Physics 4820: Mathematical Physics II
4820 Mathematical Physics II covers topics on partial differential equations of Mathematical Physics and boundary value problems; Sturm-Liouville theory, introduction to the theory of distributions, Dirac delta function, Laplace and Fourier transforms, Green’s functions, Bessel functions, Legendre functions, spherical harmonics, and other topics such as group theory.
PR: Physics 3820 or all of Mathematics 2051, 2260, 3202, 3210
Keep calm and solve differential equations (http://sd.keepcalm-o-matic.co.uk/).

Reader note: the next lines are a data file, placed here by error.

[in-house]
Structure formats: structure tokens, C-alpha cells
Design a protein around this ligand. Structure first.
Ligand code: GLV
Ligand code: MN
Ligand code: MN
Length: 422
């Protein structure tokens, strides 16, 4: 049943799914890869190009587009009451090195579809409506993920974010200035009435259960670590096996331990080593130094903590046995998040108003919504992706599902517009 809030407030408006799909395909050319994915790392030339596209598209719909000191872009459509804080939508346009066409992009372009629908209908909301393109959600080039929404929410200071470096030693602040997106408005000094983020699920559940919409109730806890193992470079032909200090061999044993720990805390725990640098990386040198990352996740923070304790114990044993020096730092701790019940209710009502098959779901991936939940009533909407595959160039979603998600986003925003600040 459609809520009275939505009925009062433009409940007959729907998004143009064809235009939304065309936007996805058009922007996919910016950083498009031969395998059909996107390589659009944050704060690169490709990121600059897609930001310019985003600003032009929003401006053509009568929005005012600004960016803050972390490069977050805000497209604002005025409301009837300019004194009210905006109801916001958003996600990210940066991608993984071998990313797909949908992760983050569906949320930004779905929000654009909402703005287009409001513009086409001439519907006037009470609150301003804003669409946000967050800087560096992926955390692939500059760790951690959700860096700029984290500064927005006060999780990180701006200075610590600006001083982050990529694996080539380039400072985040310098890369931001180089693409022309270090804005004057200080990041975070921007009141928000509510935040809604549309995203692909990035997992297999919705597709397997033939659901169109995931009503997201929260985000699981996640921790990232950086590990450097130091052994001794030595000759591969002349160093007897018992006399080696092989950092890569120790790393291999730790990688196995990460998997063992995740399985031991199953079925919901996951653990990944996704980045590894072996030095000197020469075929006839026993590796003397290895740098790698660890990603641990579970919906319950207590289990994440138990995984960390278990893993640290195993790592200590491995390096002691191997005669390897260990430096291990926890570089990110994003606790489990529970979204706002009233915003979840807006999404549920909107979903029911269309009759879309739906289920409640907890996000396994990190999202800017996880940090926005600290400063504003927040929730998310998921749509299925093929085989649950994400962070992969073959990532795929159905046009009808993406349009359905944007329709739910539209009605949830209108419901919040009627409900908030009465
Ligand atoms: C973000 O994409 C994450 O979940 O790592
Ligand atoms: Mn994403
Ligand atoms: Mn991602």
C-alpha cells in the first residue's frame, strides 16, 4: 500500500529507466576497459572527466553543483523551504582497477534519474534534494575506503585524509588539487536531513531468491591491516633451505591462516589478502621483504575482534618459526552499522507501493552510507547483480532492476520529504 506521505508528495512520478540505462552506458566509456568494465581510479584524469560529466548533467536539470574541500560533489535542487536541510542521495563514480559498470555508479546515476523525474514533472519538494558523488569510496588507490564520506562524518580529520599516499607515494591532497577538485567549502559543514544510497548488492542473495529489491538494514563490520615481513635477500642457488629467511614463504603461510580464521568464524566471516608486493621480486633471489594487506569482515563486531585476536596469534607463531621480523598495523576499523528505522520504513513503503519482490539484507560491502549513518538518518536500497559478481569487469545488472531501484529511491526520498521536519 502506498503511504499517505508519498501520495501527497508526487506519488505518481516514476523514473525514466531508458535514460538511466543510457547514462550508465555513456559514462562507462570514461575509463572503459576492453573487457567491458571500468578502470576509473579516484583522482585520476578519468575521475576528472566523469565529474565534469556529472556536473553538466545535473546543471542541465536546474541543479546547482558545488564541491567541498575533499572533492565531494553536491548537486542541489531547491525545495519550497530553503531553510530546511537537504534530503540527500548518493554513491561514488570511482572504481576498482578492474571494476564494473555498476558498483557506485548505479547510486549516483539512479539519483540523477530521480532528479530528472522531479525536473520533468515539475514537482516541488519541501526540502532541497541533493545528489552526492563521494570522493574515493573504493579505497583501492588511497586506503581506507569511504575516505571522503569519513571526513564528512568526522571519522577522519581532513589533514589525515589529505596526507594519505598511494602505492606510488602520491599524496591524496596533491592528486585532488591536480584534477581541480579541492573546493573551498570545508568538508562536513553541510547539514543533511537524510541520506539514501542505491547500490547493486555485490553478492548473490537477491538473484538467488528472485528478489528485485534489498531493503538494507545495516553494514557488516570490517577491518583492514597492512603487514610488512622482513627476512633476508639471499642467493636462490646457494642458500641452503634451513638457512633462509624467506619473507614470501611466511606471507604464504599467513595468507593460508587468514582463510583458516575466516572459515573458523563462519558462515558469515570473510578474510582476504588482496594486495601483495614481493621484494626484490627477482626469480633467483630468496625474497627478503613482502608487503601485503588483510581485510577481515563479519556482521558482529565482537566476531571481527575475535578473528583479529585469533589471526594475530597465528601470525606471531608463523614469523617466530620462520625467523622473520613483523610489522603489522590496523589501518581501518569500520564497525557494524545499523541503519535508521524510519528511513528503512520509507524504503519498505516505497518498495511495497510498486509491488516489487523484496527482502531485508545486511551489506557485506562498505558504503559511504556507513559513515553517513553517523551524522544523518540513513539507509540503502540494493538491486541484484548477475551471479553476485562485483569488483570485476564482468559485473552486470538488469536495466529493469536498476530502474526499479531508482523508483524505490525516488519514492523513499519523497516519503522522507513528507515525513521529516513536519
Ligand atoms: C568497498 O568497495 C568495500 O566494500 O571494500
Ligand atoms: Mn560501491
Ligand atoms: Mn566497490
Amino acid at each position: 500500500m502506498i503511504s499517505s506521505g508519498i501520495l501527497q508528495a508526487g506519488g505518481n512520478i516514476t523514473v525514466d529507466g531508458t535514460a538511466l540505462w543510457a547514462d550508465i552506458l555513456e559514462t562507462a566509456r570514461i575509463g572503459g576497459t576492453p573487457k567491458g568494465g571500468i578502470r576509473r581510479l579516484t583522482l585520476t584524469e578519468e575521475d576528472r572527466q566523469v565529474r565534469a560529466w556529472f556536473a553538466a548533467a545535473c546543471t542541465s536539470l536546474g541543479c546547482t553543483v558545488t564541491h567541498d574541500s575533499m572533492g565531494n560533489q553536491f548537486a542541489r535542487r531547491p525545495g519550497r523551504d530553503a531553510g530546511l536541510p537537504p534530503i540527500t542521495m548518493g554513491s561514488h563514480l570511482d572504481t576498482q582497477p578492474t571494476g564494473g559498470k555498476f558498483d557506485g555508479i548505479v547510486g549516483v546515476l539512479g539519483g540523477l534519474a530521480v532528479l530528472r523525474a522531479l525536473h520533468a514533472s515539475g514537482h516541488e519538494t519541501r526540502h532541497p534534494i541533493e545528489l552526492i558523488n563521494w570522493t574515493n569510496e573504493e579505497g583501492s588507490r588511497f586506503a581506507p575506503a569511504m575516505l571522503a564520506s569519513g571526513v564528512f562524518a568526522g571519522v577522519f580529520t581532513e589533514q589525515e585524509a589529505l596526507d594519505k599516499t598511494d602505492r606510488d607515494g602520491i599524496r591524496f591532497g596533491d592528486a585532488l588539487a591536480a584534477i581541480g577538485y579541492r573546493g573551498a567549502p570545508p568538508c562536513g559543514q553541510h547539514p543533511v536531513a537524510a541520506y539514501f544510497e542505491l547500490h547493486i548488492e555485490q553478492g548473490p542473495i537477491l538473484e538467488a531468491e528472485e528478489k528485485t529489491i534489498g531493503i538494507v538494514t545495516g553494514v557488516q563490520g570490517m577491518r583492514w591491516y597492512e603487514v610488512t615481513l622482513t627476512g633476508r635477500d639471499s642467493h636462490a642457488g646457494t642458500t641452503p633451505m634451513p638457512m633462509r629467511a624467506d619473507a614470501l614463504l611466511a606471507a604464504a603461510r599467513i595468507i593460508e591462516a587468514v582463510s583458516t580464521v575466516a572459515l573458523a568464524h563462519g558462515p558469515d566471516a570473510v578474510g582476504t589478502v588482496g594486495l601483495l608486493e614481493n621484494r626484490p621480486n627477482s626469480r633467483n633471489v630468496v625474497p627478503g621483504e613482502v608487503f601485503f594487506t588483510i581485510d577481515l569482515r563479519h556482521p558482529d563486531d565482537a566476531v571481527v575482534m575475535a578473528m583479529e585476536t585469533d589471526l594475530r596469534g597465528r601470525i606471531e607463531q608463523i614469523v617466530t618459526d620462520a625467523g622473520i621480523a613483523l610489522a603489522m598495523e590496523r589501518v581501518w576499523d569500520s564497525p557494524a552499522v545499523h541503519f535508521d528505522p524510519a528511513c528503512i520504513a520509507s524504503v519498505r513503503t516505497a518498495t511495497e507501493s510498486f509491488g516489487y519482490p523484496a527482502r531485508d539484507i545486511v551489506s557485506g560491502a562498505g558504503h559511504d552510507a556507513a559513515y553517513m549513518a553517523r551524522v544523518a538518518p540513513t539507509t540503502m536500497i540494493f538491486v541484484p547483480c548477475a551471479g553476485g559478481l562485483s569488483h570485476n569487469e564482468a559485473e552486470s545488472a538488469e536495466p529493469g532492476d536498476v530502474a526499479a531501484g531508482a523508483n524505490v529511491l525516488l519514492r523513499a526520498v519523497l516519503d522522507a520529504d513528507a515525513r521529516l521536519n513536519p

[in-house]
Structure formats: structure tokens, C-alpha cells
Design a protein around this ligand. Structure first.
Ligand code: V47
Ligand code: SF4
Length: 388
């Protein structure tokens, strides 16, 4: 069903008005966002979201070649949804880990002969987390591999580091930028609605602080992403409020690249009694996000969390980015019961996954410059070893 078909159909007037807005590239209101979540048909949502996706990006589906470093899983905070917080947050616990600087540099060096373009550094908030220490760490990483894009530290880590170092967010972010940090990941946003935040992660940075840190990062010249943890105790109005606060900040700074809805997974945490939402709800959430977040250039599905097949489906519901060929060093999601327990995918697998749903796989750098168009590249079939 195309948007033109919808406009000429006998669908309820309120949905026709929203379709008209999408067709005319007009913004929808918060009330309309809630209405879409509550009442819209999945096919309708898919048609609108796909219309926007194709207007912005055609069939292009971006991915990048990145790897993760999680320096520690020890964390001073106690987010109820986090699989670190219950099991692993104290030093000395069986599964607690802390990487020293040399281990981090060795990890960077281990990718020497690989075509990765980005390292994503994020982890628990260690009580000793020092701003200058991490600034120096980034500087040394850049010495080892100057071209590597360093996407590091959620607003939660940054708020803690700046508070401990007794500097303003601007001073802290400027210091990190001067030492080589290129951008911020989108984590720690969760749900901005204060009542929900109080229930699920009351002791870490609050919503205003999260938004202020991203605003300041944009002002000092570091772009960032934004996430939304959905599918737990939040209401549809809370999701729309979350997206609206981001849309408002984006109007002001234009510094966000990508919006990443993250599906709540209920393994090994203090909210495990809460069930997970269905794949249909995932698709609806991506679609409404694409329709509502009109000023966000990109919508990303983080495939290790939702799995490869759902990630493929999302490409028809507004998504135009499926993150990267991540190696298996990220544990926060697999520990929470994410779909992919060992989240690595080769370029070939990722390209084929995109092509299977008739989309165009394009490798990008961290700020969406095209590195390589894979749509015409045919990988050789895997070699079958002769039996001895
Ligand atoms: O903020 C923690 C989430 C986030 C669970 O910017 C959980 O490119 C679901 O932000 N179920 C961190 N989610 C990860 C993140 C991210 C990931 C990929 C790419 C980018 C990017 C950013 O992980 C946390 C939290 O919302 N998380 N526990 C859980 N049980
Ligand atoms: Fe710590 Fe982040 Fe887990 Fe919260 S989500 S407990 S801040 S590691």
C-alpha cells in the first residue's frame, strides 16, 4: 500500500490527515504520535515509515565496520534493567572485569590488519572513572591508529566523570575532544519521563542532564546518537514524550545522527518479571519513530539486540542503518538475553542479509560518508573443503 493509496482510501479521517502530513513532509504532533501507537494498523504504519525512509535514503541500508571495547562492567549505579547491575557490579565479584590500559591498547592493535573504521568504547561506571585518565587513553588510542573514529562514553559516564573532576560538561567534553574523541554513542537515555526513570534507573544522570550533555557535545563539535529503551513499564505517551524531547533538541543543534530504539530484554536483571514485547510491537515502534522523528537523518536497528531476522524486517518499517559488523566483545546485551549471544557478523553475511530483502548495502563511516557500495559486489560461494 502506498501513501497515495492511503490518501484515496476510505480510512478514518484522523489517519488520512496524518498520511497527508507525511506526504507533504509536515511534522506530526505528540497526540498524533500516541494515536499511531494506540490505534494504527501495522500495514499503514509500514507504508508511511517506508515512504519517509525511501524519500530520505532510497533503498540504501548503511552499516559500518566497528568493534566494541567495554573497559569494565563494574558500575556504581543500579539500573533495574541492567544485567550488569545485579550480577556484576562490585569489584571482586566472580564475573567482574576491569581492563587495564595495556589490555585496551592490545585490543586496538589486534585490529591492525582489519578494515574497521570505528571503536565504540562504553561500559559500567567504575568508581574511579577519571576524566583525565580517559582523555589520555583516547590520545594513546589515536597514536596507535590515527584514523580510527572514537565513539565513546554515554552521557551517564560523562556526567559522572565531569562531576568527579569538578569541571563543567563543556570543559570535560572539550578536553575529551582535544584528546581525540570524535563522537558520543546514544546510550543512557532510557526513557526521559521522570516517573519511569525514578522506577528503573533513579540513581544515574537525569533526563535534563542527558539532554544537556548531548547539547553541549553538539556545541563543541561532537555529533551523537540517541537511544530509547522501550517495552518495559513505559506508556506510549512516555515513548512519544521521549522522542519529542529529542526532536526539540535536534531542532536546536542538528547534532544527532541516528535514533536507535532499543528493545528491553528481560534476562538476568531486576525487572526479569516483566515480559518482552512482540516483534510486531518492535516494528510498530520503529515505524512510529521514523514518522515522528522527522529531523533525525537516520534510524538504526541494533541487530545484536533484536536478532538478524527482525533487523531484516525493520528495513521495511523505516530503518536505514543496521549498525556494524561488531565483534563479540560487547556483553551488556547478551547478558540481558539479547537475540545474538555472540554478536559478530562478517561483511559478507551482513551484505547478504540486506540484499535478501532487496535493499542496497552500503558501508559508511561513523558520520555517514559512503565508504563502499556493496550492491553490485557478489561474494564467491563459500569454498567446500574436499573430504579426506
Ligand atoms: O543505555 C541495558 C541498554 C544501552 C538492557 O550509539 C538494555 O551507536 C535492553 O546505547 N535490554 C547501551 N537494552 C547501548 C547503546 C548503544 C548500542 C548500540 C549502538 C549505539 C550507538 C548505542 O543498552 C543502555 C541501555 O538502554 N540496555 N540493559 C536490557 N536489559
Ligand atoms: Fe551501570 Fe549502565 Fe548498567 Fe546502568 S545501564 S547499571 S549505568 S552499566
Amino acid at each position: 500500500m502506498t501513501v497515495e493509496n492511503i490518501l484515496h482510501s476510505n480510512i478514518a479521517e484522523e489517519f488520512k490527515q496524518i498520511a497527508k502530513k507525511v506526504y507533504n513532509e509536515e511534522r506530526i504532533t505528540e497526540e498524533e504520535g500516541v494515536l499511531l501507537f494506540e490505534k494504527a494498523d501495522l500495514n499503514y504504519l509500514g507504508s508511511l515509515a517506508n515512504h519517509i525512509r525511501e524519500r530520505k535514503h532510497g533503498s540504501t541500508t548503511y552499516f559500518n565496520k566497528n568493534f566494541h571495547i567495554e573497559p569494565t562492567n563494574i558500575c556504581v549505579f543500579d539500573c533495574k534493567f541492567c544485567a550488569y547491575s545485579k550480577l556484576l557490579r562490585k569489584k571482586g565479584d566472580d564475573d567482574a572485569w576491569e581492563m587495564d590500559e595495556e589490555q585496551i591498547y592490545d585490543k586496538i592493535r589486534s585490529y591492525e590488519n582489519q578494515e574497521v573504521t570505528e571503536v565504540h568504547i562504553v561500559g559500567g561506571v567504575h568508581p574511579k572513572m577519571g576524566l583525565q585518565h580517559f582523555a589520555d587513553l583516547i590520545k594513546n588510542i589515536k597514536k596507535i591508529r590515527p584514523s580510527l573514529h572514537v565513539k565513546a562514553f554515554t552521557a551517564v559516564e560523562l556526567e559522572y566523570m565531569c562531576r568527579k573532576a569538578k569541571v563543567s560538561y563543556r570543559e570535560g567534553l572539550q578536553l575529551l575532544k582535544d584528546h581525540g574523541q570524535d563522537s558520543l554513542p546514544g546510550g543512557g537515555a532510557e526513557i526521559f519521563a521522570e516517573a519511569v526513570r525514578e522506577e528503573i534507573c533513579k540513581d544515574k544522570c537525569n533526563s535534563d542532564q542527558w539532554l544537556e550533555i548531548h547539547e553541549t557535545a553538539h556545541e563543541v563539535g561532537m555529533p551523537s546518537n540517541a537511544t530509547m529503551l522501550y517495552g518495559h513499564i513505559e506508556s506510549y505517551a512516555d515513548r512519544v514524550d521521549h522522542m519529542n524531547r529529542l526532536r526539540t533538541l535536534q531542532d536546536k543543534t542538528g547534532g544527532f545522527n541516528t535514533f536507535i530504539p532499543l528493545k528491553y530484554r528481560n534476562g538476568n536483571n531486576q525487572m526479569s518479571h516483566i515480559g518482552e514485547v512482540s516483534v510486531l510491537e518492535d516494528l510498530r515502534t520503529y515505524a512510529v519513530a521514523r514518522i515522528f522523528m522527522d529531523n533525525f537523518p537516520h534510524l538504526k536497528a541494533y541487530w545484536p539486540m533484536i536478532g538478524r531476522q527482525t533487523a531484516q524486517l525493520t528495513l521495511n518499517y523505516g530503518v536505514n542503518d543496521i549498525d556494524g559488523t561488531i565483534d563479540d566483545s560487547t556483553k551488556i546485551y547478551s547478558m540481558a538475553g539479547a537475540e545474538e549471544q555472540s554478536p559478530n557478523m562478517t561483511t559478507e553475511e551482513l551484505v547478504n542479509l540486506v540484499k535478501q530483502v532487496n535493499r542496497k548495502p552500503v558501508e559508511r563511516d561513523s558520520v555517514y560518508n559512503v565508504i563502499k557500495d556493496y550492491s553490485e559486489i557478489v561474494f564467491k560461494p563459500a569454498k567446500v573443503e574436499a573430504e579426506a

This course uses the mathematical tools and methods taught in Physics 3820. In many cases, in physics, solving problems involves formulating them in terms of differential equations in one-, two-, three- or more dimensions. Examples of important differential equations are: Schrodinger equation in quantum mechanics, Laplace and Poisson equations in electricity and magnetism, and acoustics, diffusion equation in fluid mechanics, wave equation in theory of elasticity and optics, Dirac’s relativistic field theory equations, gauge theory equations and many others. As stated these equations are very difficult to solve. In Physics 4820 students will be introduced to multiple techniques that will allow them to “solve” these equations and at the same time gain insight into the nature of the solutions. We’ll find that the separation of variables technique is a powerful tool to reduce three-dimensional problem to one-dimensional ODEs. We’ll learn that orthogonal functions such as Bessel functions and Legendre polynomials allows us to formulate solutions to difficult problems in a consistent and accessible way. The use of integral transforms often reduces a very difficult to “easy” problem. For example, we will see that solving problems such as damped harmonic oscillator or driven electrical circuit can be readily carried out with the use of Laplace transforms. Symmetry plays a very big role in many branches of physics (e.g. quantum mechanics, elementary particle physics, crystallography and many others). Symmetry in physics is often expressed with the help of group theory. That is the reason for introducing it in this course. The use of symmetry greatly simplifies complex problems such as, for example, determining the crystal structures and makes solving the appropriate differential equations tractable. There are two preferred (complementary) textbooks for this course: Mathematics for Physicists, S. M. Lea (Thomson, 2004) and Mathematical Methods for Physicists A Comprehensive Guide, Afken, Weber and Harris (Elsevier Academic Press, 2013).